Compromise. That is the nature of the handguns lawfully carried concealed by millions of Americans every day. Do you sacrifice concealability to carry a larger gun in a major chambering, or do you sacrifice energy and go down to a smaller cartridge? Shot placement is the most crucial factor, and small .380 ACPs, such as the Glock 42 or Ruger LCP for example, deliver great concealability, but no one would argue that .380 is as effective in terms of stopping power as 9 mm Luger or .45 ACP. Another issue with small guns is just their shootability. Small, thin, light polymer-frame .45s—or 9 mms for that matter—can be a delight to carry, but border on masochism beyond the first magazine or so in training.
One of the other compromises made is barrel length. Yes, a 2¾" barrel is generally much easier to conceal than one that measures 5". And while there are velocity losses with shorter barrels, what “snubby” pistols and revolvers really deprive you of is sight radius. We shall get to that in a minute.
But what if you can have your cake and eat it too? Adequate defensive stopping power, meaning 9 mm Luger, with a magazine capacity of at least 10 rounds? It was an exercise in engineering, and SIG Sauer cracked it with the P365. It’s not as pleasant as a fullsize gun at the range, but this 9 mm “micro-compact” class is, indeed, becoming the next big thing.
Most concealed carriers realize if they need to use their defensive firearm, odds are it will be at close range. But there are other circumstances that arise—you read the news—and some of the nation’s top trainers have been working with students to develop the skills and confidence necessary to hit a 6" plate consistently at 25 yards. Good sights are a must in such a situation, and the vestigial nubs on many of today’s carry guns are not up to the task. That is where the continuing trend of pistols with small reflex sights comes into play.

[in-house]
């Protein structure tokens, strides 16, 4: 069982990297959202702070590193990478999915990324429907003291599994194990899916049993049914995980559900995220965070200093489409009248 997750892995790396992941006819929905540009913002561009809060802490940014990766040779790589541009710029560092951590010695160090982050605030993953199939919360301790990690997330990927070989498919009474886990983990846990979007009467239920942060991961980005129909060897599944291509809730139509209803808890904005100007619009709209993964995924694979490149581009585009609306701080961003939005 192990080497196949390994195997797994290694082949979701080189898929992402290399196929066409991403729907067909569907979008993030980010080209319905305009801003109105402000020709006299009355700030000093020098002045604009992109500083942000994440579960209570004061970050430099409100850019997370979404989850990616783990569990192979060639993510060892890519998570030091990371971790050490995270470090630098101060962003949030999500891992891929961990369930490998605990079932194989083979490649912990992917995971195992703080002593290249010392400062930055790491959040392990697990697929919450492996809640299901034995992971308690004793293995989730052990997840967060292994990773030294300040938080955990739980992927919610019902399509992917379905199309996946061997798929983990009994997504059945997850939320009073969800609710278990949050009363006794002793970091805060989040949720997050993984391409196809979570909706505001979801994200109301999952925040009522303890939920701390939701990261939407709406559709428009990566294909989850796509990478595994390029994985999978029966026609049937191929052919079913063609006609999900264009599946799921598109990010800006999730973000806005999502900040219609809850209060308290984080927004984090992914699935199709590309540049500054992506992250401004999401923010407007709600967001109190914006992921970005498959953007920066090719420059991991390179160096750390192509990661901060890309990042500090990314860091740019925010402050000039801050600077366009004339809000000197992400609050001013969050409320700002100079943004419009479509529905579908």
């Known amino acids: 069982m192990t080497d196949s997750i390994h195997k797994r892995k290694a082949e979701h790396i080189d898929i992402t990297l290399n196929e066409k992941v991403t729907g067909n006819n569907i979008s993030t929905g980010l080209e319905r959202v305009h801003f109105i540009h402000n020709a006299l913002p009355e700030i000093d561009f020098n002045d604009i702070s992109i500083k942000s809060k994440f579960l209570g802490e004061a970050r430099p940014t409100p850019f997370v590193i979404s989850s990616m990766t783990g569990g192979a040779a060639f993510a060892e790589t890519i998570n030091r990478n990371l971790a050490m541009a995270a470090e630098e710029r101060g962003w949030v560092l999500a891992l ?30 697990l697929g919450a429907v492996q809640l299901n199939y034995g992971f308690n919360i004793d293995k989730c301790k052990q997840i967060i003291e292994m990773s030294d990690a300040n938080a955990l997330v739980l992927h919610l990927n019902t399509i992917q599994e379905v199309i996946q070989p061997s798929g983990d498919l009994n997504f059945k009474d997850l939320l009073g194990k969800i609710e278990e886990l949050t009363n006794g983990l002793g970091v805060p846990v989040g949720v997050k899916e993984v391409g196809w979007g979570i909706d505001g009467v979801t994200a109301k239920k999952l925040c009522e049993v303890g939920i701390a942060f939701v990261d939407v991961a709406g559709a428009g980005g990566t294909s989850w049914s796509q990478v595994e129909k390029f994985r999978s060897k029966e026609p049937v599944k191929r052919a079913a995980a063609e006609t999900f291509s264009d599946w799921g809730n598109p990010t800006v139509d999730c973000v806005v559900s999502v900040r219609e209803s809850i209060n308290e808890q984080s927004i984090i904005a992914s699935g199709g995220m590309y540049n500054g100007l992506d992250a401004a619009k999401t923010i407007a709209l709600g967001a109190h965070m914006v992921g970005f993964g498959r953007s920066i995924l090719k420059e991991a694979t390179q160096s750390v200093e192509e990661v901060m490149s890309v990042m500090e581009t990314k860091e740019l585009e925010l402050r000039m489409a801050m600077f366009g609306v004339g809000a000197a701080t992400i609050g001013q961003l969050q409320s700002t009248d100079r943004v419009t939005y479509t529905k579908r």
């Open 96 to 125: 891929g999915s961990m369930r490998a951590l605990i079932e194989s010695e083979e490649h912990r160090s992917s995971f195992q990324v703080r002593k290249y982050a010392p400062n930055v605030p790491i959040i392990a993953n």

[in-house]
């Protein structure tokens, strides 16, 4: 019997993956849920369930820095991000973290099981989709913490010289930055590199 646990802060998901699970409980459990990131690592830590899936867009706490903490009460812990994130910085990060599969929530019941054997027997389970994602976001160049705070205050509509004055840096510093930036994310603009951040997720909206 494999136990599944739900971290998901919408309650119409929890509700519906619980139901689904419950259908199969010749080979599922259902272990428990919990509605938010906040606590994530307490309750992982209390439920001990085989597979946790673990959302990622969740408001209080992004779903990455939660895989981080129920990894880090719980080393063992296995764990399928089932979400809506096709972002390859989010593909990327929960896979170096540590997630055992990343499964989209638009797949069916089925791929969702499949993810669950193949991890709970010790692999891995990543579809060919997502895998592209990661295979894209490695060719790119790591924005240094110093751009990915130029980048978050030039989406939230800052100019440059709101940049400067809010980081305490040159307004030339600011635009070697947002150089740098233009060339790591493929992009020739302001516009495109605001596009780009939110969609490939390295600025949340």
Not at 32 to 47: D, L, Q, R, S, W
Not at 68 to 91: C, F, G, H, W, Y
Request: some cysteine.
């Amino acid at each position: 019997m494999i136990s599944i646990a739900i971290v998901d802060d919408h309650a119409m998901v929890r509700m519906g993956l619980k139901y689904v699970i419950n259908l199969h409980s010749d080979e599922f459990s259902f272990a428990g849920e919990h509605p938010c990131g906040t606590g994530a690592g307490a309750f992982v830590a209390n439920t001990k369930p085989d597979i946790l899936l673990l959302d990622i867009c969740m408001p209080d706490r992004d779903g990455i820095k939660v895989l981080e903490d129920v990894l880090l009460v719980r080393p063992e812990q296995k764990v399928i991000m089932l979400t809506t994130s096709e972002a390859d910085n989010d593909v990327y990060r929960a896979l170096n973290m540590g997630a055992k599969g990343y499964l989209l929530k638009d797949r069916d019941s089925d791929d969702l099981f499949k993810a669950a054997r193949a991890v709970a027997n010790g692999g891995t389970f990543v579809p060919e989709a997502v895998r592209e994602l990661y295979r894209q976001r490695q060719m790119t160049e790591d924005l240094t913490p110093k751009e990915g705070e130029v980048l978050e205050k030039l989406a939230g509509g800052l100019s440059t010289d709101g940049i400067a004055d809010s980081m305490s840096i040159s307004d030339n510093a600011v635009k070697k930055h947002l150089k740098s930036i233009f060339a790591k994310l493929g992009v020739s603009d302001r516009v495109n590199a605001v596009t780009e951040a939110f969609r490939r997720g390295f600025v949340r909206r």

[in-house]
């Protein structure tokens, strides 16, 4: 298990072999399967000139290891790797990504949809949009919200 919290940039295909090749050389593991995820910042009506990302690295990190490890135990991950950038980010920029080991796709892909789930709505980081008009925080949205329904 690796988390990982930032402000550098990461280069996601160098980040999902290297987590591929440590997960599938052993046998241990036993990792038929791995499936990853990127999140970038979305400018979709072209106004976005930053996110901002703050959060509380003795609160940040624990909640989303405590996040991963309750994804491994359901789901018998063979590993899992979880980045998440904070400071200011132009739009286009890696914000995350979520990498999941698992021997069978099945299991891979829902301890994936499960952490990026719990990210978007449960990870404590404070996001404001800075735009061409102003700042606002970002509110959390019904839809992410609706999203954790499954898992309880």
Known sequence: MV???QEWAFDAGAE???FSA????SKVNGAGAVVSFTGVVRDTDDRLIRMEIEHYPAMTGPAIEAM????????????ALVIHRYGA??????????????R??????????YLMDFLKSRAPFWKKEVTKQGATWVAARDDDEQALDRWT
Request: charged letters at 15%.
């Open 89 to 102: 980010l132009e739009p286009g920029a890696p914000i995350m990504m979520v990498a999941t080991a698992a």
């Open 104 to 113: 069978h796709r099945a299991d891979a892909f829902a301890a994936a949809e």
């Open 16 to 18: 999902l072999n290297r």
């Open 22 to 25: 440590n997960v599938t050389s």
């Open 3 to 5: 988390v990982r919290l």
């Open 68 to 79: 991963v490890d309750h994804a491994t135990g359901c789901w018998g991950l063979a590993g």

Even as carry guns of adequate power used to be considerably larger, so did red-dot sights. Years ago, I was in on the testing of the miniature EPC red-dot sight—it was literally epoxied to the slide behind the ejection port on a Colt Commander (you can read about it at americanrifleman.org/epc). About the same time, I began using a fullsize Aimpoint on a .38 Super Springfield Armory unlimited gun. With but one focal plane to worry about, I felt as if I was in the running with Rob Leatham. I could focus on proper trigger press and breathing and just put the dot—and the shots—in the black.
But that rig was, in retrospect, a gargantuan tube with a sturdy steel mount on a big compensated pistol that weighed almost as much as the M1 carbine—and would have carried concealed about the same.
Red-dot sights have gotten smaller, and Springfield’s new micro-compact Hellcat pistol, ably evaluated by Executive Editor Joe Kurtenbach, took the use of such optics into account from the very beginning. For a mere $30 extra, you can get a Hellcat with its slide cut to accept a red-dot. While the accuracy results are given for our typical 7 yards, Joe also tested it at 25 yards with a Shield red-dot.
Just as the cell phone I carry today is considerably smaller than the bag phone hardwired to my truck in the 1990s, effective defensive handguns that give you the ability to hit at greater distances than arm’s length are getting smaller—and are more likely to be carried.